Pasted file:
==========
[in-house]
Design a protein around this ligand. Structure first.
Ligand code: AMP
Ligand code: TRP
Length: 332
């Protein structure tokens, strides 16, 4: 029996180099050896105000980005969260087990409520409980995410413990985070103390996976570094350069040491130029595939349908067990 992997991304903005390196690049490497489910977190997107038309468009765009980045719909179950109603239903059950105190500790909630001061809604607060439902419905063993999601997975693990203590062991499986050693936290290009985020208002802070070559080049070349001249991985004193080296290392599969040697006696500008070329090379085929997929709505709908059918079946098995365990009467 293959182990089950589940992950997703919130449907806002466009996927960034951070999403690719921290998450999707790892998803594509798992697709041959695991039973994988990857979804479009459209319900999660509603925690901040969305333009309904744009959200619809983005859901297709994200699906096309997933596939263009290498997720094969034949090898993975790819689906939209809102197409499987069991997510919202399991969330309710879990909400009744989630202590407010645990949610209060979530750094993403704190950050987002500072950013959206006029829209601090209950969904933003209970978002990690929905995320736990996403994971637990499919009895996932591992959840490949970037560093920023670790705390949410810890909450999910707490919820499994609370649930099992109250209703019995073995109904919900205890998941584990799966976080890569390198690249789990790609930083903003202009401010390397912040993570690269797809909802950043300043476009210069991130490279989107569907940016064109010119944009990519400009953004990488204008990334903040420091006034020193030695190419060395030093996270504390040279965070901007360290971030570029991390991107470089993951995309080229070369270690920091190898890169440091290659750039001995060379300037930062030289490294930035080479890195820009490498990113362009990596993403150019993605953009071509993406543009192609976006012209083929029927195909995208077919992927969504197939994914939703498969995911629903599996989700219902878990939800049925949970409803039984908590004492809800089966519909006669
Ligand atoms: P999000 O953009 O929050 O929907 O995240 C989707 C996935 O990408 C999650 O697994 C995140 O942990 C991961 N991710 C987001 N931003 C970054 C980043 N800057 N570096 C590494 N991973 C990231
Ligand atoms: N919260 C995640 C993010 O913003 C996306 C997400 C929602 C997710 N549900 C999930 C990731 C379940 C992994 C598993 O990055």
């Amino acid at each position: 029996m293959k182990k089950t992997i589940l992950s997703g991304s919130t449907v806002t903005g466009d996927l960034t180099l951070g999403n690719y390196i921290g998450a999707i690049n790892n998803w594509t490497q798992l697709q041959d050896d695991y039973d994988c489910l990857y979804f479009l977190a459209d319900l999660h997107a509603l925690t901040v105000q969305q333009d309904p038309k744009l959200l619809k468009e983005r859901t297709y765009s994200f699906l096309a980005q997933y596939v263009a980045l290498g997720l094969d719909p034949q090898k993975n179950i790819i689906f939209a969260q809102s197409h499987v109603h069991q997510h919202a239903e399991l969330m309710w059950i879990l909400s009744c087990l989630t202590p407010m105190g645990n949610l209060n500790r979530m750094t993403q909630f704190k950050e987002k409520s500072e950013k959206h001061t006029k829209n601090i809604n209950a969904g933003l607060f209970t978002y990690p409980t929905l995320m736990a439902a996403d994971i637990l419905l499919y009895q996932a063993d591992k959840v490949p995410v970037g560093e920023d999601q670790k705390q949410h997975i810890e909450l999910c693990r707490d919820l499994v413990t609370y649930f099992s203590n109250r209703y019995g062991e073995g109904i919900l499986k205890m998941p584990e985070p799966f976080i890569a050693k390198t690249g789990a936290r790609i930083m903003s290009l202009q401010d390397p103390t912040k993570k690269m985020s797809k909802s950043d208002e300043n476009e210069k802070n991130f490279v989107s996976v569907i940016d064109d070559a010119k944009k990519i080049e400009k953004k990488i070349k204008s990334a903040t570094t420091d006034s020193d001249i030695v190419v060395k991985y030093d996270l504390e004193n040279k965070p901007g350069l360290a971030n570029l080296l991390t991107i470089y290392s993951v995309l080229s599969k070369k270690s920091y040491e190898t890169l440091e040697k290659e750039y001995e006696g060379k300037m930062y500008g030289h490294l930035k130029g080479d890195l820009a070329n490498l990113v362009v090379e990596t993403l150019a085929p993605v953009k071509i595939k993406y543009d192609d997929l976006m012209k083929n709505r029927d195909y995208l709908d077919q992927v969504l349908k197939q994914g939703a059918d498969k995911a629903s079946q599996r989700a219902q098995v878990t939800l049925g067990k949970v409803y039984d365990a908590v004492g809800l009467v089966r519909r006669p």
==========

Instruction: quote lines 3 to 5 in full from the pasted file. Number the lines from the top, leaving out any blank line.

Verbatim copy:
Ligand code: AMP
Ligand code: TRP
Length: 332